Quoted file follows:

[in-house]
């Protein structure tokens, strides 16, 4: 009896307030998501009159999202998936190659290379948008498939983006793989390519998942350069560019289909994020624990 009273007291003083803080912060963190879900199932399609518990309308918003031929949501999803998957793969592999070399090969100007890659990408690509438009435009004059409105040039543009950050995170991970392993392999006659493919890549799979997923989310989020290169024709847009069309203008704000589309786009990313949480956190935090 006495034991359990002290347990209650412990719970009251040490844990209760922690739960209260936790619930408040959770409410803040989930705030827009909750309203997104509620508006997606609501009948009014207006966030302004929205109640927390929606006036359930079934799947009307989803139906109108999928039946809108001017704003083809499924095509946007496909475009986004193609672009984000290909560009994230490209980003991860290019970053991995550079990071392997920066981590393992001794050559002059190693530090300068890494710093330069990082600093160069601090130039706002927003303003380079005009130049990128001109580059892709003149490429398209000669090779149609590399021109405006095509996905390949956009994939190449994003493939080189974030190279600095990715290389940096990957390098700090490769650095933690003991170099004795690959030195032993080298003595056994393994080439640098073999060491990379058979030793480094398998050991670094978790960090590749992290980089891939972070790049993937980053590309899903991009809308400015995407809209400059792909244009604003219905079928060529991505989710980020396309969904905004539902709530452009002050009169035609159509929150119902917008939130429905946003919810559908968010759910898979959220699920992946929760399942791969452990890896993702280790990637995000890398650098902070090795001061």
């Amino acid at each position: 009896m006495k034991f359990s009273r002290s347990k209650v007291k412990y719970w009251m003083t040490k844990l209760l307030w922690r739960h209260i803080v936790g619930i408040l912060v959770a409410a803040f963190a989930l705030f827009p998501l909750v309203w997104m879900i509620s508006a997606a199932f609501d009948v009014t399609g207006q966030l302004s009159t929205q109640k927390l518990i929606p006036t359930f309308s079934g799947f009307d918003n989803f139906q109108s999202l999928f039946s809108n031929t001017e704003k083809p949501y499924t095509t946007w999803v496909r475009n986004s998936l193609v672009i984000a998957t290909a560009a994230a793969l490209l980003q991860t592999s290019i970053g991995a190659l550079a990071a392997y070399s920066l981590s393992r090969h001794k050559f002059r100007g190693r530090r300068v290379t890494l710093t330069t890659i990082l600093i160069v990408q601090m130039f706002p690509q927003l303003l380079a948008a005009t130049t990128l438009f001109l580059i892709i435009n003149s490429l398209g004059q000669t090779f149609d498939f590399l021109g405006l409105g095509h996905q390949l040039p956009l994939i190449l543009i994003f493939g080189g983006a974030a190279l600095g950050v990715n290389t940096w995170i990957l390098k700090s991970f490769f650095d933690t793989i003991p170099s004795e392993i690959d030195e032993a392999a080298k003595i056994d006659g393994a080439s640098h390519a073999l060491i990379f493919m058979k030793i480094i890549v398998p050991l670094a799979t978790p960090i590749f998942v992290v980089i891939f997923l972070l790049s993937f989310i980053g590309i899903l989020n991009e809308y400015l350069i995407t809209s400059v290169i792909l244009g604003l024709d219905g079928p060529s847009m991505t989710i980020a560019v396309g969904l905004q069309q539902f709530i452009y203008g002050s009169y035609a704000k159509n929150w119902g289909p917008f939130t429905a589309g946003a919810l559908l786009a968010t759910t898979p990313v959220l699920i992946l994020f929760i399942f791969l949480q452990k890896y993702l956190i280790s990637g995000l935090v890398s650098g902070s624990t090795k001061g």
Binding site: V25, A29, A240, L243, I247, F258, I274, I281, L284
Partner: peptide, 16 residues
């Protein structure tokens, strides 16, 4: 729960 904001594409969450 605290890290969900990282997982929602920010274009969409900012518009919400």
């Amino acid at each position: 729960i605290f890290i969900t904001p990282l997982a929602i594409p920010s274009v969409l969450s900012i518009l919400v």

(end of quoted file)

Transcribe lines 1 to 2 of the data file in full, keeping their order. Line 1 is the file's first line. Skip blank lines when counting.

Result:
[in-house]
């Protein structure tokens, strides 16, 4: 009896307030998501009159999202998936190659290379948008498939983006793989390519998942350069560019289909994020624990 009273007291003083803080912060963190879900199932399609518990309308918003031929949501999803998957793969592999070399090969100007890659990408690509438009435009004059409105040039543009950050995170991970392993392999006659493919890549799979997923989310989020290169024709847009069309203008704000589309786009990313949480956190935090 006495034991359990002290347990209650412990719970009251040490844990209760922690739960209260936790619930408040959770409410803040989930705030827009909750309203997104509620508006997606609501009948009014207006966030302004929205109640927390929606006036359930079934799947009307989803139906109108999928039946809108001017704003083809499924095509946007496909475009986004193609672009984000290909560009994230490209980003991860290019970053991995550079990071392997920066981590393992001794050559002059190693530090300068890494710093330069990082600093160069601090130039706002927003303003380079005009130049990128001109580059892709003149490429398209000669090779149609590399021109405006095509996905390949956009994939190449994003493939080189974030190279600095990715290389940096990957390098700090490769650095933690003991170099004795690959030195032993080298003595056994393994080439640098073999060491990379058979030793480094398998050991670094978790960090590749992290980089891939972070790049993937980053590309899903991009809308400015995407809209400059792909244009604003219905079928060529991505989710980020396309969904905004539902709530452009002050009169035609159509929150119902917008939130429905946003919810559908968010759910898979959220699920992946929760399942791969452990890896993702280790990637995000890398650098902070090795001061």